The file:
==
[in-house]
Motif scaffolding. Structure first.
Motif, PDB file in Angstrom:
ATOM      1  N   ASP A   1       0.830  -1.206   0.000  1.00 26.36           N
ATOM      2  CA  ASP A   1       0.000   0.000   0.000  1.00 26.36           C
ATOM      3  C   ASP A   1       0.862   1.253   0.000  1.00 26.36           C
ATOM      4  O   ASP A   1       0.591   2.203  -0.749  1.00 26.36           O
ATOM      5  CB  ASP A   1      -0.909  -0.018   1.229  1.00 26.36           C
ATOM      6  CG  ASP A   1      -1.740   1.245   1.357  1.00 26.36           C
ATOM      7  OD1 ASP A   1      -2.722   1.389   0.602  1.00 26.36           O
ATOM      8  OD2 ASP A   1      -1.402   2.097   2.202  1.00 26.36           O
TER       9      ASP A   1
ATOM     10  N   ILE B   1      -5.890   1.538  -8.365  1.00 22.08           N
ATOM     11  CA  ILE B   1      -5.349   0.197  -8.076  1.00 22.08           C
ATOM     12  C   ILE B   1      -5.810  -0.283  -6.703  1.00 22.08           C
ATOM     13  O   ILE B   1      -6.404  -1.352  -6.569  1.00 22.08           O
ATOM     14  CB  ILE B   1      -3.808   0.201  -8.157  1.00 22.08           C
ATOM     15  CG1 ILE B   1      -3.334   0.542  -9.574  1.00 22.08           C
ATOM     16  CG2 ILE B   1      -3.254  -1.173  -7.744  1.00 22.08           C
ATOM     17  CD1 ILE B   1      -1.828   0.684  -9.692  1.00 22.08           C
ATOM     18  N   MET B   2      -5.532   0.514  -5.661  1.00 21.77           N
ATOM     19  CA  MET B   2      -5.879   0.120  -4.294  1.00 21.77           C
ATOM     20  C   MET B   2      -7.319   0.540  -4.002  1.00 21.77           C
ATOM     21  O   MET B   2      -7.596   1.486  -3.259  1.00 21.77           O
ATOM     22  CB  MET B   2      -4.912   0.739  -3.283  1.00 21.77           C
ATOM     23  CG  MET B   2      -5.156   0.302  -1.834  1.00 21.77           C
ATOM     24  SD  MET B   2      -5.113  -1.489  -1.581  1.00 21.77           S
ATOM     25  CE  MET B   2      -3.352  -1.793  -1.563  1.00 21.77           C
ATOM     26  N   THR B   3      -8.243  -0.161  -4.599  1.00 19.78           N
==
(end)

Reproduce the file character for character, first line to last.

[in-house]
Motif scaffolding. Structure first.
Motif, PDB file in Angstrom:
ATOM      1  N   ASP A   1       0.830  -1.206   0.000  1.00 26.36           N
ATOM      2  CA  ASP A   1       0.000   0.000   0.000  1.00 26.36           C
ATOM      3  C   ASP A   1       0.862   1.253   0.000  1.00 26.36           C
ATOM      4  O   ASP A   1       0.591   2.203  -0.749  1.00 26.36           O
ATOM      5  CB  ASP A   1      -0.909  -0.018   1.229  1.00 26.36           C
ATOM      6  CG  ASP A   1      -1.740   1.245   1.357  1.00 26.36           C
ATOM      7  OD1 ASP A   1      -2.722   1.389   0.602  1.00 26.36           O
ATOM      8  OD2 ASP A   1      -1.402   2.097   2.202  1.00 26.36           O
TER       9      ASP A   1
ATOM     10  N   ILE B   1      -5.890   1.538  -8.365  1.00 22.08           N
ATOM     11  CA  ILE B   1      -5.349   0.197  -8.076  1.00 22.08           C
ATOM     12  C   ILE B   1      -5.810  -0.283  -6.703  1.00 22.08           C
ATOM     13  O   ILE B   1      -6.404  -1.352  -6.569  1.00 22.08           O
ATOM     14  CB  ILE B   1      -3.808   0.201  -8.157  1.00 22.08           C
ATOM     15  CG1 ILE B   1      -3.334   0.542  -9.574  1.00 22.08           C
ATOM     16  CG2 ILE B   1      -3.254  -1.173  -7.744  1.00 22.08           C
ATOM     17  CD1 ILE B   1      -1.828   0.684  -9.692  1.00 22.08           C
ATOM     18  N   MET B   2      -5.532   0.514  -5.661  1.00 21.77           N
ATOM     19  CA  MET B   2      -5.879   0.120  -4.294  1.00 21.77           C
ATOM     20  C   MET B   2      -7.319   0.540  -4.002  1.00 21.77           C
ATOM     21  O   MET B   2      -7.596   1.486  -3.259  1.00 21.77           O
ATOM     22  CB  MET B   2      -4.912   0.739  -3.283  1.00 21.77           C
ATOM     23  CG  MET B   2      -5.156   0.302  -1.834  1.00 21.77           C
ATOM     24  SD  MET B   2      -5.113  -1.489  -1.581  1.00 21.77           S
ATOM     25  CE  MET B   2      -3.352  -1.793  -1.563  1.00 21.77           C
ATOM     26  N   THR B   3      -8.243  -0.161  -4.599  1.00 19.78           N